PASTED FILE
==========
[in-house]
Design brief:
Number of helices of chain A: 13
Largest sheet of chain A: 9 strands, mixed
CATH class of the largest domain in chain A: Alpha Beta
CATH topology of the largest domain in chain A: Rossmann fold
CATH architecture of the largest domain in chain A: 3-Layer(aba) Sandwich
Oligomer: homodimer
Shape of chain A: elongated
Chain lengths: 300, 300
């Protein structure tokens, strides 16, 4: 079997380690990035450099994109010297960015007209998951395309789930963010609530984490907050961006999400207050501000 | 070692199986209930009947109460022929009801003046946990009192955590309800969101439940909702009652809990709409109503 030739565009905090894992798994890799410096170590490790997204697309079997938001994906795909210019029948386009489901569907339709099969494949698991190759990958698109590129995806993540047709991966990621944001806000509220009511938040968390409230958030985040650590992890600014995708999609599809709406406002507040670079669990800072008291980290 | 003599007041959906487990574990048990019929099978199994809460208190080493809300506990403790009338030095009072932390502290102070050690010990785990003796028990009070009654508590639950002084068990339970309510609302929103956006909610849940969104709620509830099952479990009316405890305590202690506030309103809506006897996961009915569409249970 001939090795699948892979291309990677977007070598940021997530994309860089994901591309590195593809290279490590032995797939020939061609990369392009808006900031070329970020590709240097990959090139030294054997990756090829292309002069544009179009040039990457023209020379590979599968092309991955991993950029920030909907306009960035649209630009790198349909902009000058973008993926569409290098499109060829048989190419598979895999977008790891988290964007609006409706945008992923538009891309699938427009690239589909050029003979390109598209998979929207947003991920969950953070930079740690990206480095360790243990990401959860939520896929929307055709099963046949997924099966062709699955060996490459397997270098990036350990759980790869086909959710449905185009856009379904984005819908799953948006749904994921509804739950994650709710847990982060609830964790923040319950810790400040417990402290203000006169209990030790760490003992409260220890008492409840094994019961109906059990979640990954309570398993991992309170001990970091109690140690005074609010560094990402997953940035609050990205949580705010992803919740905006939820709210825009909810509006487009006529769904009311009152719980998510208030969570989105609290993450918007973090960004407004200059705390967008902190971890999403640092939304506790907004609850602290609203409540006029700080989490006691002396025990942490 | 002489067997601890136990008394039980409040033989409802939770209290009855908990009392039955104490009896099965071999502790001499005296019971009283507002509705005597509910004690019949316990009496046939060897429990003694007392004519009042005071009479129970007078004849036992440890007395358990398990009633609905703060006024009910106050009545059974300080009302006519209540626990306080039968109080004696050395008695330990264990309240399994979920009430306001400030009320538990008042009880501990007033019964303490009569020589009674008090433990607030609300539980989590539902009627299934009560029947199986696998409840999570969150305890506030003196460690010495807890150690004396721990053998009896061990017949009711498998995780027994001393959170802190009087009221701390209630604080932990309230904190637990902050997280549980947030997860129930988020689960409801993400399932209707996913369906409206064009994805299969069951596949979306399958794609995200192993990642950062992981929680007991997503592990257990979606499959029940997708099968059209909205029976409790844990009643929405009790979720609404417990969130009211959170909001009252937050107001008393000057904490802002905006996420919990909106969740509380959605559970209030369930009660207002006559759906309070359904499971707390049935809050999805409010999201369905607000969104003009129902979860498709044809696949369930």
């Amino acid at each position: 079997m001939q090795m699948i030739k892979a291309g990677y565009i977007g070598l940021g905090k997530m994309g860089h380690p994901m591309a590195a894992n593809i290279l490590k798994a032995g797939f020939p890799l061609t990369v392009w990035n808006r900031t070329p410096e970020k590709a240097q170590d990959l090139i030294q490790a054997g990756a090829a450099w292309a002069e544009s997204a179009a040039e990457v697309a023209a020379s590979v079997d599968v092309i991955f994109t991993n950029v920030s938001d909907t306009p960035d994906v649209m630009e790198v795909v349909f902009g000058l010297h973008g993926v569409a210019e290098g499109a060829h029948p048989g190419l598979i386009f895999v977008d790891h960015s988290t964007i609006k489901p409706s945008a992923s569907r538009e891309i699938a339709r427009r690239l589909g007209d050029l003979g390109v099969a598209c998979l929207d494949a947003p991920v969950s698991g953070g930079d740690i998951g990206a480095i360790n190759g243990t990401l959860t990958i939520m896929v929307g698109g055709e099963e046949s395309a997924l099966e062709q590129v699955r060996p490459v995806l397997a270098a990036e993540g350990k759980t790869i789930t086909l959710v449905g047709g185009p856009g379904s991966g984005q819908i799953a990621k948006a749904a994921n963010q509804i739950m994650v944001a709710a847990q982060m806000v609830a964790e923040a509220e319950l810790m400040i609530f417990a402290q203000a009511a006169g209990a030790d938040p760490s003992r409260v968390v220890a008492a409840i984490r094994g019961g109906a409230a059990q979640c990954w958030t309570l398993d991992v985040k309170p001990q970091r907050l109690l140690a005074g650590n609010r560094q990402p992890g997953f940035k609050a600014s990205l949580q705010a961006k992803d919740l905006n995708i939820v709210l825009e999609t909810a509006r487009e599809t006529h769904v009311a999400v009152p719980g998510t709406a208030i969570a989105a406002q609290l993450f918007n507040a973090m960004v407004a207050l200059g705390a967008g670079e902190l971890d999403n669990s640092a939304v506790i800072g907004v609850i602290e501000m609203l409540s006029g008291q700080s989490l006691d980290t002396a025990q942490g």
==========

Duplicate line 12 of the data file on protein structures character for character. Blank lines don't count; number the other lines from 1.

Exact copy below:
């Amino acid at each position: 079997m001939q090795m699948i030739k892979a291309g990677y565009i977007g070598l940021g905090k997530m994309g860089h380690p994901m591309a590195a894992n593809i290279l490590k798994a032995g797939f020939p890799l061609t990369v392009w990035n808006r900031t070329p410096e970020k590709a240097q170590d990959l090139i030294q490790a054997g990756a090829a450099w292309a002069e544009s997204a179009a040039e990457v697309a023209a020379s590979v079997d599968v092309i991955f994109t991993n950029v920030s938001d909907t306009p960035d994906v649209m630009e790198v795909v349909f902009g000058l010297h973008g993926v569409a210019e290098g499109a060829h029948p048989g190419l598979i386009f895999v977008d790891h960015s988290t964007i609006k489901p409706s945008a992923s569907r538009e891309i699938a339709r427009r690239l589909g007209d050029l003979g390109v099969a598209c998979l929207d494949a947003p991920v969950s698991g953070g930079d740690i998951g990206a480095i360790n190759g243990t990401l959860t990958i939520m896929v929307g698109g055709e099963e046949s395309a997924l099966e062709q590129v699955r060996p490459v995806l397997a270098a990036e993540g350990k759980t790869i789930t086909l959710v449905g047709g185009p856009g379904s991966g984005q819908i799953a990621k948006a749904a994921n963010q509804i739950m994650v944001a709710a847990q982060m806000v609830a964790e923040a509220e319950l810790m400040i609530f417990a402290q203000a009511a006169g209990a030790d938040p760490s003992r409260v968390v220890a008492a409840i984490r094994g019961g109906a409230a059990q979640c990954w958030t309570l398993d991992v985040k309170p001990q970091r907050l109690l140690a005074g650590n609010r560094q990402p992890g997953f940035k609050a600014s990205l949580q705010a961006k992803d919740l905006n995708i939820v709210l825009e999609t909810a509006r487009e599809t006529h769904v009311a999400v009152p719980g998510t709406a208030i969570a989105a406002q609290l993450f918007n507040a973090m960004v407004a207050l200059g705390a967008g670079e902190l971890d999403n669990s640092a939304v506790i800072g907004v609850i602290e501000m609203l409540s006029g008291q700080s989490l006691d980290t002396a025990q942490g």